The new strategy of the Iranian government to launch large-scale economic transformations opens ample new opportunities for the Russian export, especially now that Russia and Iran are entering into a new political alliance. At present, the trade turnover between the two countries is extremely low: about $1.7 billion according to the Russian customs statistics (80% of which is the Russian export). Only 0.2% of the total Russian export goes to Iran (though it must be admitted that many more contracts go through Cyprus, Switzerland, Singapore or Hong Kong). The structure of this export is not very versatile. “All we export is rolled steel (steel parts at very low prices), timber, cereals. But in May Iran introduced a wheat import duty of $50 per ton, so even here the prospects are unclear,” says Alexander Sharov, Head of RusIranExpo, a company developing trade connections between the two countries.

Last year, the trade turnover rose insignificantly compared with 2013: from $1.6 to $1.682 billion. However, Russia’s export grew somewhat: from $1.168 to $1.327 billion. According to the customs statistics, there was a rise in the export of ferrous metals (about 1/3 of the whole export volume), cereals (another 1/3), wood pulp and other fibrous pulp materials, while the export of timber and paper products dropped. On the other hand, there was a dramatic increase in the export volume of some groups of commodities: for instance, from January to August, the export of animal and vegetable fats and oils grew by 55.7% reaching in terms of value $34.5 million, while the export of oil-bearing seeds and vegetables went up by 43.8% ($10.5 million). The volume of Russia’s export of plastic materials and products increased by 34.4% ($4.5 million), that of inorganic chemical products by 222.9% ($10.2 million), fertilizers by 2384.2% ($1.4 million), and aircraft by 811.9% ($4.3 million).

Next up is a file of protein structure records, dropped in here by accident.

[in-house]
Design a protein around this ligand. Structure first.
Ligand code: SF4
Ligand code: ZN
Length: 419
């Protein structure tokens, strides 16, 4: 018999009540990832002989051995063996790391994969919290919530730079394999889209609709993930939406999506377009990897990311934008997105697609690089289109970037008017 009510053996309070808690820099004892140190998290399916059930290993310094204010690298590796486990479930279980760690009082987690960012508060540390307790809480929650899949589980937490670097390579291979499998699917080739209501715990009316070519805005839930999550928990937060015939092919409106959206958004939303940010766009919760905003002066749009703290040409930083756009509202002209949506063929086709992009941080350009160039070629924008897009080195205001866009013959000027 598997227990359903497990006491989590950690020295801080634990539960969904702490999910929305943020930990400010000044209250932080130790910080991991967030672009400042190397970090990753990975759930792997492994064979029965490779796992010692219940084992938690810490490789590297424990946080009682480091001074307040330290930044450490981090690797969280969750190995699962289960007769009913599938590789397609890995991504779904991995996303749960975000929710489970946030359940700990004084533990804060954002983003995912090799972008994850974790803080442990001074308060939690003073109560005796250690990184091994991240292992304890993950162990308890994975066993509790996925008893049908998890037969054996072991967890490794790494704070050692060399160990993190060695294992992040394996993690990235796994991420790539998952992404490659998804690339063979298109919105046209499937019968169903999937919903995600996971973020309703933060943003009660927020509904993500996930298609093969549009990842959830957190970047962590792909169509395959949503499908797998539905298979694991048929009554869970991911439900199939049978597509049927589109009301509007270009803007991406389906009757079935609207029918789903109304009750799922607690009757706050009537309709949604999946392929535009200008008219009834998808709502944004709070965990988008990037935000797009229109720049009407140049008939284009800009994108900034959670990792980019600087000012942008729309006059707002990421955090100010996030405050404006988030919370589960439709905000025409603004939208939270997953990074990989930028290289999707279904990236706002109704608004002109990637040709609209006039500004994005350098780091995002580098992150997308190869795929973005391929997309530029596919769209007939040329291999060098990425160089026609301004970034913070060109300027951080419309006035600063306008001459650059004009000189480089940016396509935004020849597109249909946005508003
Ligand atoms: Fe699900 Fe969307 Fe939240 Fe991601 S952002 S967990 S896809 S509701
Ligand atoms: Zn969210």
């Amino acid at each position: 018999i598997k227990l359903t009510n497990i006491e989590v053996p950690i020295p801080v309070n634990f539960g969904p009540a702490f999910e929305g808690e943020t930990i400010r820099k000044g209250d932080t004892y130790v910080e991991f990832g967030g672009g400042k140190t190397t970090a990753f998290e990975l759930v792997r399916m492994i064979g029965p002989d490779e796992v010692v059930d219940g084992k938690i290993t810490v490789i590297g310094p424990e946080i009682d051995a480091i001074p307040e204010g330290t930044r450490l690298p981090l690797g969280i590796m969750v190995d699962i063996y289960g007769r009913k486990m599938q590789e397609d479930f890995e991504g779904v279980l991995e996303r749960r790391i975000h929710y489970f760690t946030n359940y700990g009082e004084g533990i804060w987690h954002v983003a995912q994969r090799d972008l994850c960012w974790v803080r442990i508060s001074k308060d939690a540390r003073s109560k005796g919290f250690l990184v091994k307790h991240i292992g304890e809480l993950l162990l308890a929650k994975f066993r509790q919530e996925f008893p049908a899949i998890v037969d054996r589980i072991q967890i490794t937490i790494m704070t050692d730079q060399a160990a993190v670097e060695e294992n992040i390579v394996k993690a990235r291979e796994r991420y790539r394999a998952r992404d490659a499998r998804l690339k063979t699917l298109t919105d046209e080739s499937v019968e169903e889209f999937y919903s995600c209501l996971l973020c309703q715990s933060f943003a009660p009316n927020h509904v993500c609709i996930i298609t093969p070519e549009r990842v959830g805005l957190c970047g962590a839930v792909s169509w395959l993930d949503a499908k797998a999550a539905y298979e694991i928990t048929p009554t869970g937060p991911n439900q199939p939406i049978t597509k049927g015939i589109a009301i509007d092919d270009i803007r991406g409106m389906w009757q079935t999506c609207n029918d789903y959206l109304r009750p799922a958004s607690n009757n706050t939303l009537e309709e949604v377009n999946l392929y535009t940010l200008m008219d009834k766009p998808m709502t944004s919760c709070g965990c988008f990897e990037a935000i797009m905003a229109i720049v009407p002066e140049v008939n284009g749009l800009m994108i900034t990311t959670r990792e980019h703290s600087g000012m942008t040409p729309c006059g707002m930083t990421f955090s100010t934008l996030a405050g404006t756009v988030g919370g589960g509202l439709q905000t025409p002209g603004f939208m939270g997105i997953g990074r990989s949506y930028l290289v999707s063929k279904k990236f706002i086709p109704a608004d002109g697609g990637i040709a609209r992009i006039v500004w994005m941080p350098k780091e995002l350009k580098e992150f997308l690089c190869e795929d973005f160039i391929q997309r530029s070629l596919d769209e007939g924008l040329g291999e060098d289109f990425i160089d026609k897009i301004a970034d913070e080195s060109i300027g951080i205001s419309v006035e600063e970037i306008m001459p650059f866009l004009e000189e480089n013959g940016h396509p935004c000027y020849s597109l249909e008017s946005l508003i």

The extremely low trade turnover with Iran is largely explained by the sanctions that the country was exposed to until recently, and the absence of insurance on export goods. However, Iran is a promising market, which is evident even through purely qualitative indices. The country’s population is half that of Russia (around 78 million people). Iran has the second largest economy in the Middle East after Saudi Arabia. The per capita GDP to the current exchange rate is around $2500, which is approximately equal to that of Ukraine, but unlike that country, Iran is quite a solvent partner. It has about 10% of the world’s known reserves of oil and 15% of gas reserves (the fourth and second largest reserves respectively). Even though oil prices have sunk over the past year and a half, this is still a liquid commodity that can be sold in the global market. At present, Iran is exporting 1.4 million barrels of oil a day, but after the ‘nuclear deal’, it has a good chance of getting back to the 2011 level: 2.6 million barrels. In other words, even at the current price level, this comes to over $40 billion a year. "With its geographical position, Iran is the natural leader in the region, and it is essential for us in our ‘drive South’. We should not head towards the East, as it is almost totally occupied, we should be looking to the South," says Dmitry Yevstafiev.